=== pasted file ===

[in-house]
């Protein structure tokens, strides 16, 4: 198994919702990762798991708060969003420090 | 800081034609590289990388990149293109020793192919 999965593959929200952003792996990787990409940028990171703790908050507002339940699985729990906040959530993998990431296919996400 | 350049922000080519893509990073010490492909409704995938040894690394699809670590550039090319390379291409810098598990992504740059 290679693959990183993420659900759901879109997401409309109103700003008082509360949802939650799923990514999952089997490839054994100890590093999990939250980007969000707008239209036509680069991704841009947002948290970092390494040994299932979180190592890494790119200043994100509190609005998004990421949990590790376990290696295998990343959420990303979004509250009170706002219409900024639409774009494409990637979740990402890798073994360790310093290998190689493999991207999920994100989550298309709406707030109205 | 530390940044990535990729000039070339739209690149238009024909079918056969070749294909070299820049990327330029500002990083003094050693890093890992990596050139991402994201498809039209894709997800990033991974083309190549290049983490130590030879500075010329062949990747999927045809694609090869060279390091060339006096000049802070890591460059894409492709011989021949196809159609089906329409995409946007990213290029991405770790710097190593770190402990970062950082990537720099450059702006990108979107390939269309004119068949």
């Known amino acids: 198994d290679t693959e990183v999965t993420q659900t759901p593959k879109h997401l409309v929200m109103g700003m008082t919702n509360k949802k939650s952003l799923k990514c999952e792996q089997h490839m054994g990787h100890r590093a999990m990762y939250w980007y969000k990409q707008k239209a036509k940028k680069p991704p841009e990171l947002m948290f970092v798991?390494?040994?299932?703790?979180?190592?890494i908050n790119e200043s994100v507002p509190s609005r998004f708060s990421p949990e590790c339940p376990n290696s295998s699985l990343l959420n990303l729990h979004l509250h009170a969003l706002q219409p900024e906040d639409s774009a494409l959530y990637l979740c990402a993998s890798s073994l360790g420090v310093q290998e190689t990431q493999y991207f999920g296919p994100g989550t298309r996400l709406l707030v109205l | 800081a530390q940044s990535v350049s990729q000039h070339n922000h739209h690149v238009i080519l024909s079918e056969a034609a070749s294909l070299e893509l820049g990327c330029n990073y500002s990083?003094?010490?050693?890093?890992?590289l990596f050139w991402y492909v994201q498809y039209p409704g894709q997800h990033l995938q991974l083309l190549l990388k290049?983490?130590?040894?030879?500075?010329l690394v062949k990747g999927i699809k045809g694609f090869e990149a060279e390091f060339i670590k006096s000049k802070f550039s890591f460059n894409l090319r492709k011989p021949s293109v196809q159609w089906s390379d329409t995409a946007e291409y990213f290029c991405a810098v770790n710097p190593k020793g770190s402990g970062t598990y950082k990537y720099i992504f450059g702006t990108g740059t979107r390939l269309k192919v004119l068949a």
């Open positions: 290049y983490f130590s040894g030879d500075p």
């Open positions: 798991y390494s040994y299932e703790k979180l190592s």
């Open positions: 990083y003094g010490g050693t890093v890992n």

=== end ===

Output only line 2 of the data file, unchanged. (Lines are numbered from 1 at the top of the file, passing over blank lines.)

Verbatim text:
């Protein structure tokens, strides 16, 4: 198994919702990762798991708060969003420090 | 800081034609590289990388990149293109020793192919 999965593959929200952003792996990787990409940028990171703790908050507002339940699985729990906040959530993998990431296919996400 | 350049922000080519893509990073010490492909409704995938040894690394699809670590550039090319390379291409810098598990992504740059 290679693959990183993420659900759901879109997401409309109103700003008082509360949802939650799923990514999952089997490839054994100890590093999990939250980007969000707008239209036509680069991704841009947002948290970092390494040994299932979180190592890494790119200043994100509190609005998004990421949990590790376990290696295998990343959420990303979004509250009170706002219409900024639409774009494409990637979740990402890798073994360790310093290998190689493999991207999920994100989550298309709406707030109205 | 530390940044990535990729000039070339739209690149238009024909079918056969070749294909070299820049990327330029500002990083003094050693890093890992990596050139991402994201498809039209894709997800990033991974083309190549290049983490130590030879500075010329062949990747999927045809694609090869060279390091060339006096000049802070890591460059894409492709011989021949196809159609089906329409995409946007990213290029991405770790710097190593770190402990970062950082990537720099450059702006990108979107390939269309004119068949």